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  1. #1
    Doug W is offline Hot Rolled
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    Default Motor trips breaker? Why?

    I have a 1 1/2 hp single phase baldor motor on a Burr King grinder.
    wired 115v draws 13.5amps.
    The circuit is 20 amp with about 12 ft #12 romex from breaker to plug. 25ft extension cord also #12. Nothing else on the circuit.

    Sometimes on startup it will start, get up to speed, run for about 15 seconds and trip the breaker.
    Sometimes it will be running for a few minutes unloaded and trip.
    I have never had it trip while grinding.

    No smoke, no smell of anything shorting.
    All connection look good and tight.
    Any ideas?

  2. #2
    gar
    gar is offline Stainless
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    Default

    Put an ammeter in series and measure the current vs time. Maybe also put voltmeter across the motor leads at the motor. During startup you may draw 70 or more amperes for maybe 5 seconds or more. That warms the breaker quite a bit.

    Are you using a Sq-D QO breaker?

    .

  3. #3
    macplus is offline Cast Iron
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    Default

    Do you have anything else that is powered from the same breaker?

  4. #4
    JunkyardJ's Avatar
    JunkyardJ is offline Titanium
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    Unhappy I've had bad breakers do stuff like that.

    I put a clamp on meter on there where the hot wire goes into the breaker. It registered 12.2 max amps (wasn't fast enough to pick up the starting current) running my little pancake compressor. It would blow the breaker right before it filled up all the way. The compressor ssaid 13.8 amps on it, so there wasn't anything wrong with it. Replaced the breaker, and it never blew again (without something actually being wrong). So, check the current, first. If the current is OK, replace the breaker. Sometimes they're just a little too touchy and blow before they're supposed to. I also had a breaker that would blow because the screw was loose where the wire went in causing it to get hot. Check that out too, the wire will be hot going into the breaker.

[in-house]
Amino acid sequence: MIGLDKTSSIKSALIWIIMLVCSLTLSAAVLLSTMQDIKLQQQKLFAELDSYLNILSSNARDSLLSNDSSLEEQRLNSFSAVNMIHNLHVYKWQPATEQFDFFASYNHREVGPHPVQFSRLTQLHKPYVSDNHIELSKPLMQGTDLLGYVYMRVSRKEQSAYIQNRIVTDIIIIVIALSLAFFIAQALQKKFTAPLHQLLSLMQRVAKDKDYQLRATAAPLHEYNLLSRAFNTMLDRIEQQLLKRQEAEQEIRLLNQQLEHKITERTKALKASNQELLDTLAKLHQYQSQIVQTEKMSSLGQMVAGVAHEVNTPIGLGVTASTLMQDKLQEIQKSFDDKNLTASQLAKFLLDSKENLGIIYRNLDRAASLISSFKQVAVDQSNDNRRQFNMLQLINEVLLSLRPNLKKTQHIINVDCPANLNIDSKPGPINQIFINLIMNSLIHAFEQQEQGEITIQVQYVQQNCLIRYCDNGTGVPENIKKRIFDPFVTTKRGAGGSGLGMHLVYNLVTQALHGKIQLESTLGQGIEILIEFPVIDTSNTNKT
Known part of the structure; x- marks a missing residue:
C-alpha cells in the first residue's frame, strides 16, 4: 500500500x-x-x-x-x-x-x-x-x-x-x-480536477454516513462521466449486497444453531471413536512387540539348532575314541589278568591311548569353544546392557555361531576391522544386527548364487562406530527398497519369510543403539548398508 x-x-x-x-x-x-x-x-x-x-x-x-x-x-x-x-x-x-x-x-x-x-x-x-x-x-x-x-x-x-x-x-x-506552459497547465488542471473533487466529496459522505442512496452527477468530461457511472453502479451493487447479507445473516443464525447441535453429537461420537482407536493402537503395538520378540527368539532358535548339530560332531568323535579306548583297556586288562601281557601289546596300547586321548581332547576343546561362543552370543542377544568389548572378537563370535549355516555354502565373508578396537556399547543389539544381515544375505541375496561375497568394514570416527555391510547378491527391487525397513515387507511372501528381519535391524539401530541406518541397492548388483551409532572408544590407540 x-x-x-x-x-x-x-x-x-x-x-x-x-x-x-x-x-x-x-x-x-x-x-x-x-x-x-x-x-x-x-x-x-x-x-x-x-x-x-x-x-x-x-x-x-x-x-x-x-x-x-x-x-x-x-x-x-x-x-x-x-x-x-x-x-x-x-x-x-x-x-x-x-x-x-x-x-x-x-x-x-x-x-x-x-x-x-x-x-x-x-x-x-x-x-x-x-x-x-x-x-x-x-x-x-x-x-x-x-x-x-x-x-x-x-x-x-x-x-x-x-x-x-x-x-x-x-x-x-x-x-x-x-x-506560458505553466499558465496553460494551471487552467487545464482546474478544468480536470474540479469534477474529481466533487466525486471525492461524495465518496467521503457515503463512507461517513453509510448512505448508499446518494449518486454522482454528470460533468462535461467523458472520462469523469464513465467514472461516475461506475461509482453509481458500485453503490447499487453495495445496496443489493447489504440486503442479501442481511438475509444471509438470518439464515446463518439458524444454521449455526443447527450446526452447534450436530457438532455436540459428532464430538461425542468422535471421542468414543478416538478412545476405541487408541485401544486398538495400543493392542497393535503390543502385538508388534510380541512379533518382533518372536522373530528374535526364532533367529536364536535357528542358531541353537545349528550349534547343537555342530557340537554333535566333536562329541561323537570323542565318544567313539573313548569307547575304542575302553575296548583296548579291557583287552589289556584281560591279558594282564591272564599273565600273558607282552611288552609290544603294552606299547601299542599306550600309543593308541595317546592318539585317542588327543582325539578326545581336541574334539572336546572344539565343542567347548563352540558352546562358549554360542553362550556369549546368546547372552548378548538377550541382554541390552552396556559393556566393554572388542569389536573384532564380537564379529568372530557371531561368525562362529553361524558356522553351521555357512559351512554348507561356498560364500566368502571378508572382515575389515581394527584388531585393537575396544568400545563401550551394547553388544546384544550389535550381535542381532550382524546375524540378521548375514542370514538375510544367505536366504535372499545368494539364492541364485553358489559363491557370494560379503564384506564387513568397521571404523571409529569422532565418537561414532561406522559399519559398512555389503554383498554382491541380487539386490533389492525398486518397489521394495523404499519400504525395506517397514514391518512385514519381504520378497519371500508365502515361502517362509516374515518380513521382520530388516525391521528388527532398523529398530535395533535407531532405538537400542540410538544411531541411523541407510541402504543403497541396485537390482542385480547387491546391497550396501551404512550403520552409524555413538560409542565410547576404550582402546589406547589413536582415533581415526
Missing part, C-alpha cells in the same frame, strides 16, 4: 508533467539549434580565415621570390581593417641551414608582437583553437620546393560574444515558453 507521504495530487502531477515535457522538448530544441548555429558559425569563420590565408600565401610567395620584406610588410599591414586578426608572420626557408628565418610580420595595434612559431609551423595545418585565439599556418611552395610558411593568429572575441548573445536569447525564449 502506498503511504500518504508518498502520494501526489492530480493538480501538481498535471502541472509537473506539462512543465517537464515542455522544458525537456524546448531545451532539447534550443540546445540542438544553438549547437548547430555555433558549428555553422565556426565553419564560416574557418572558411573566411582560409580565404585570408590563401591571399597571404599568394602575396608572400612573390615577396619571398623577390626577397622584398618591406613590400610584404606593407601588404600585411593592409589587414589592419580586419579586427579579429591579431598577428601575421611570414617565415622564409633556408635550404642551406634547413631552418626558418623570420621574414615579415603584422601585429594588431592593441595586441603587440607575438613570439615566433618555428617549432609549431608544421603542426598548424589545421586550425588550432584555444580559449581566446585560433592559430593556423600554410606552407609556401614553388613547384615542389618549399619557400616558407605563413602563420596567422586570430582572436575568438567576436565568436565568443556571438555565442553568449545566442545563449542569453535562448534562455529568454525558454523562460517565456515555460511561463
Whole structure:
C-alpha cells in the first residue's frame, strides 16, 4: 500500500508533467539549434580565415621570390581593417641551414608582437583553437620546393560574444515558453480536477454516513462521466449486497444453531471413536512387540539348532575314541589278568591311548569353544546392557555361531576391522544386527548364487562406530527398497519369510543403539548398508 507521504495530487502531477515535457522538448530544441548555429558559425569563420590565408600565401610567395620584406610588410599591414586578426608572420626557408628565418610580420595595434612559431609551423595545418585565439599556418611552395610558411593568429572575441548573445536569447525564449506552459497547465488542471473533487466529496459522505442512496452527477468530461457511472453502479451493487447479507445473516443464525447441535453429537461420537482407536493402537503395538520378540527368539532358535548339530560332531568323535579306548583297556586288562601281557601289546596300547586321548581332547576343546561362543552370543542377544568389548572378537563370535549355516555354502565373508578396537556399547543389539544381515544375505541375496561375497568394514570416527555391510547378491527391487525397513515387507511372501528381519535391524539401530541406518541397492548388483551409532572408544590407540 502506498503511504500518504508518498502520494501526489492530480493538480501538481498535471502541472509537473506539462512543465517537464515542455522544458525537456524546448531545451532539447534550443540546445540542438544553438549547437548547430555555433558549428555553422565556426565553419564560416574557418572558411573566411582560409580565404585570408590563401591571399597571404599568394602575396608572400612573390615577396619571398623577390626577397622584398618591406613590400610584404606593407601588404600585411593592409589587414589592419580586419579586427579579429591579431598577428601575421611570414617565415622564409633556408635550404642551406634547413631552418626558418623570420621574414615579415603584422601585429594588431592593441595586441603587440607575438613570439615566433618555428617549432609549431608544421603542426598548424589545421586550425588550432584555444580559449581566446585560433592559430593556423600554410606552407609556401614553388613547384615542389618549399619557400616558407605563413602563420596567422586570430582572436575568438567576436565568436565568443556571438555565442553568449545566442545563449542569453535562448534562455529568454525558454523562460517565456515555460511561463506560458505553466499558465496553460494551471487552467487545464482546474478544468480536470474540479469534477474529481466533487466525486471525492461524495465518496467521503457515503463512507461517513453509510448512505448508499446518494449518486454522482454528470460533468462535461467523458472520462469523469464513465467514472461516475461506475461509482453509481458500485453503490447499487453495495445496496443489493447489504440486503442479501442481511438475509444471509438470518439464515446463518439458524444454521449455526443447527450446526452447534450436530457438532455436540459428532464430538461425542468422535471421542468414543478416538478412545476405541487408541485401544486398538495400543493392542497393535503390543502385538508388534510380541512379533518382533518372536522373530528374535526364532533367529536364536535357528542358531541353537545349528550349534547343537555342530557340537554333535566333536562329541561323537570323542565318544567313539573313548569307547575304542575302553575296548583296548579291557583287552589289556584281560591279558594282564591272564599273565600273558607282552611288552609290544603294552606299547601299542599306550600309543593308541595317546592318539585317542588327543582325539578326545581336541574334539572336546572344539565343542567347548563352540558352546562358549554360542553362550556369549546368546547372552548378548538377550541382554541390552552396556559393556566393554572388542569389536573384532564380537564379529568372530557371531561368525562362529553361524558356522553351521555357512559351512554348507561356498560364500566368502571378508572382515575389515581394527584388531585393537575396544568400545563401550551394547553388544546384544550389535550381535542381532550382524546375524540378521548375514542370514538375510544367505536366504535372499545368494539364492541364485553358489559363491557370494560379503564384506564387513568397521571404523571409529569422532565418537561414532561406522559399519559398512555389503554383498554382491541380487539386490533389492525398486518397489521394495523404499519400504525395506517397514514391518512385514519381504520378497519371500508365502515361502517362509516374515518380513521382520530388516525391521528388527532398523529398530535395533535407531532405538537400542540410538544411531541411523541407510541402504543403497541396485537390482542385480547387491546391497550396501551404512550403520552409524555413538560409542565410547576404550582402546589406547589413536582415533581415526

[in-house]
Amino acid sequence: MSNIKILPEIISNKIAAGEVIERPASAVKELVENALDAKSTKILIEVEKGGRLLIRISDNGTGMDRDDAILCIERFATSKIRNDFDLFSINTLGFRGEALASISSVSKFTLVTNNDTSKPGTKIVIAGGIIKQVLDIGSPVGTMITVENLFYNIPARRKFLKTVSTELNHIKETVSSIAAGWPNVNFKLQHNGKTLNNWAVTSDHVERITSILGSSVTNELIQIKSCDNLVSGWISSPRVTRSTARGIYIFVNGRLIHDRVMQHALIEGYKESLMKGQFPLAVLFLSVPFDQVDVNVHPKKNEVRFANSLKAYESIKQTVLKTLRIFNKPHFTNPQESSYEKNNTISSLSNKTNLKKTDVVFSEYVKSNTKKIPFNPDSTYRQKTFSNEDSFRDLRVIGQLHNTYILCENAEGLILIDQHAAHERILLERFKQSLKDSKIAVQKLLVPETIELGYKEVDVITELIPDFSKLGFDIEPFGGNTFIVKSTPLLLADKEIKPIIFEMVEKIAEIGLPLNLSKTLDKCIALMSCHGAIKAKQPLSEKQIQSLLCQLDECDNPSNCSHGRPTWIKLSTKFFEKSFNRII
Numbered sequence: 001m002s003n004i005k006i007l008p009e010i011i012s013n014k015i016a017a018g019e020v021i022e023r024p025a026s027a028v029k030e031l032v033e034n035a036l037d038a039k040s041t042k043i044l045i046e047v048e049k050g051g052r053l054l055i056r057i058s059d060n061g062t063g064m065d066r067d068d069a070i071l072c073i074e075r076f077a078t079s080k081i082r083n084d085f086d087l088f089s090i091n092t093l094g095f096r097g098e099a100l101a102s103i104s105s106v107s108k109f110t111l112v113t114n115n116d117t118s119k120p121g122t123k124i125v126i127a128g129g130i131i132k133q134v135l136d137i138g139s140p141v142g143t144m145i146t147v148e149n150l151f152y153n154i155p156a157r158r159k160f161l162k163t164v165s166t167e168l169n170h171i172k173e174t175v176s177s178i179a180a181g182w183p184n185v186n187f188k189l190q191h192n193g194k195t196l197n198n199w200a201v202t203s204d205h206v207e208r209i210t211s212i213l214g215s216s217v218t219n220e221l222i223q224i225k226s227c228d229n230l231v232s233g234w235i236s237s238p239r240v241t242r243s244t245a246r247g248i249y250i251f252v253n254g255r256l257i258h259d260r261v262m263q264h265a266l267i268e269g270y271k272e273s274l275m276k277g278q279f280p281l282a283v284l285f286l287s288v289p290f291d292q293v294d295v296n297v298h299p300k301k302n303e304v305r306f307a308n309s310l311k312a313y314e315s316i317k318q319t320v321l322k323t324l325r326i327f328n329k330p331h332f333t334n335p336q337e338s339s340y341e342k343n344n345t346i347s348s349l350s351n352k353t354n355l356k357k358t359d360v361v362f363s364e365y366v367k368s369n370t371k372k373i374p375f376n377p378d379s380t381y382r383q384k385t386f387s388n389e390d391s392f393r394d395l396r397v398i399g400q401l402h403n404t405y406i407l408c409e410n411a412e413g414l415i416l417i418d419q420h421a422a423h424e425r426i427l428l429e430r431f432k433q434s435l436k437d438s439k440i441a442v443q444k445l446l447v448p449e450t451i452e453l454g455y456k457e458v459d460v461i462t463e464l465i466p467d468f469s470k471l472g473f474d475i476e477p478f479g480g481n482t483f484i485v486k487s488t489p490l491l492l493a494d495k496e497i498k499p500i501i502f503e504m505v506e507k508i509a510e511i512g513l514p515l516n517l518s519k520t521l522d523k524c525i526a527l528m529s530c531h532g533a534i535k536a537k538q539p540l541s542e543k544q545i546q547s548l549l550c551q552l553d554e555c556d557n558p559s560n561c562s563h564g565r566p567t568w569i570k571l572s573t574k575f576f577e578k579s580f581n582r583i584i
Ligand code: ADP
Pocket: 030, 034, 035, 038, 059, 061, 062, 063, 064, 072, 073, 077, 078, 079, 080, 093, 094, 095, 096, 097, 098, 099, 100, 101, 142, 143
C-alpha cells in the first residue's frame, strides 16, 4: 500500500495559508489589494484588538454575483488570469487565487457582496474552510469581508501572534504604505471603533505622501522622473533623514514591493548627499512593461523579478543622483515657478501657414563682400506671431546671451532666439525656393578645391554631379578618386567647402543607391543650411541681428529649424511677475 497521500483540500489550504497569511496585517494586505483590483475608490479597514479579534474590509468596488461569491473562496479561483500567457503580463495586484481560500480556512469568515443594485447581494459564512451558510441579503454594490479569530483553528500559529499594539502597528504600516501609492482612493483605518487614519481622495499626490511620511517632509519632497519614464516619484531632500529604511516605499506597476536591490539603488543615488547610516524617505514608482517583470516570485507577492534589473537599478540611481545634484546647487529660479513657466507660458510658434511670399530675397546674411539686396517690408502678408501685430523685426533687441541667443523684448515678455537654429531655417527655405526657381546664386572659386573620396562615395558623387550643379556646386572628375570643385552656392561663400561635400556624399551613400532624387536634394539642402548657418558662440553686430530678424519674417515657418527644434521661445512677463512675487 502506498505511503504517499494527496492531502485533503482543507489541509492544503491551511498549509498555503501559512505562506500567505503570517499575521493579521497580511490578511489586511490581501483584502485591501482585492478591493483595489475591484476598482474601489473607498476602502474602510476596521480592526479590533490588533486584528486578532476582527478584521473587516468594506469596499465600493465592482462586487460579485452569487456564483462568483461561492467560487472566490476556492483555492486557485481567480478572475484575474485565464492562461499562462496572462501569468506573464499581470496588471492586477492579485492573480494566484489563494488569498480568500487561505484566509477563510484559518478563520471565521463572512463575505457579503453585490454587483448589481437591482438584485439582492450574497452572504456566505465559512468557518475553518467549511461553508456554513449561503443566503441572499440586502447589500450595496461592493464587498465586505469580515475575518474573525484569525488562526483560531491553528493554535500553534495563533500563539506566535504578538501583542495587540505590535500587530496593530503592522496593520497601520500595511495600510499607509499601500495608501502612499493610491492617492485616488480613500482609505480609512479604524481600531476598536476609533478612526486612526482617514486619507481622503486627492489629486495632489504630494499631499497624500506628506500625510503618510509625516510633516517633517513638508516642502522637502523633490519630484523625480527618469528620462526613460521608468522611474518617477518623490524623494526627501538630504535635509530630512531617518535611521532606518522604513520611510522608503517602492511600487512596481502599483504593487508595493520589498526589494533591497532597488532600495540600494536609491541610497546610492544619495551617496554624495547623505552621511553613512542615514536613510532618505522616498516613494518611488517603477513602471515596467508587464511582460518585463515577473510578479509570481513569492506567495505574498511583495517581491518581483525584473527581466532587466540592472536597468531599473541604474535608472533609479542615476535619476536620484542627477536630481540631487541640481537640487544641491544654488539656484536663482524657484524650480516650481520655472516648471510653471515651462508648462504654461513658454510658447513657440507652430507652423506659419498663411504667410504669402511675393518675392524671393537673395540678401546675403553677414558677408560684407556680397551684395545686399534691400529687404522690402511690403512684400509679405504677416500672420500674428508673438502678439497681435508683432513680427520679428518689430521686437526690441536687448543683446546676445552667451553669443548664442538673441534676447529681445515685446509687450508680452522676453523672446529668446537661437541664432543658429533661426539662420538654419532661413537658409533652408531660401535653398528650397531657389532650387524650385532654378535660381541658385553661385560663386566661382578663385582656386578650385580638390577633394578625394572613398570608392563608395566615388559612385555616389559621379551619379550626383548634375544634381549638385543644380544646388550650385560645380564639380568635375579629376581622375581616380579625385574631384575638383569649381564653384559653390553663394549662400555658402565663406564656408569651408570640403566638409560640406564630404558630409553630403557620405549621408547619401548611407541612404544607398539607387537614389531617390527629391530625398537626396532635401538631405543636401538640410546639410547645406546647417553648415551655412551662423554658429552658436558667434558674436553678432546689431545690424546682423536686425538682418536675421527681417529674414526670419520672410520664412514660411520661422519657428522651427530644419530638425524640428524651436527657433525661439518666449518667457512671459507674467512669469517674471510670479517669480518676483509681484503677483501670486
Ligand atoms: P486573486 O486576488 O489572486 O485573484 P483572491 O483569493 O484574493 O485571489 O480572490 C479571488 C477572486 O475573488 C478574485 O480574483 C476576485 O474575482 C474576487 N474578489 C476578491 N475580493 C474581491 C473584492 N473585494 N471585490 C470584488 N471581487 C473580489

5. #5
    DaveKamp is offline Titanium
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    Thumbs down HOMline?

    I had very similar things happen... but with much less loading. I made the mistake of installing a Square-D HOMline breaker panel in my garage-shop at previous residence, and this building wasn't formally 'heated'. Had five light sockets (with 60W bulbs, so 350W, or about 3A) in there on one switch, and if it was cold in there (under 30F), and I flipped that switch on, the 20A lighting breaker would pop.

    Of course, every other similar breaker would nuisance-trip whenever temp was below 30F, so I had a feeling that it was a 'factory' problem.

    I checked the physical connection (as noted above, a poor conx at the breaker will cause connection heat (from resistance) to percolate into the element, and cause a nuisance-trip). didn't fix it. Tried a new HOMLine breaker, didn't solve it.

    Ended up ripping out all the HOM's and substituting something else (Think it was Siemens, I-T-E, GE or similar) and all the trip-problems went away.

    Of course, when it's above 60F, the breakers would work just fine.

    I sent a message to Square D about it, and they blamed it on about 9 different things, but denied ever having seen or heard of this issue before. After talking with a few professional electricians, they all came back with the same response- that HOMs were junk...

    ...so the only Square-D thing we use now is QO.

  6. #6
    JST's Avatar
    JST
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    Incidentally, the QO is available in a high inrush type breaker. Actually I think there is more than one. If you look on their site there is a manual of the Q0 stuff.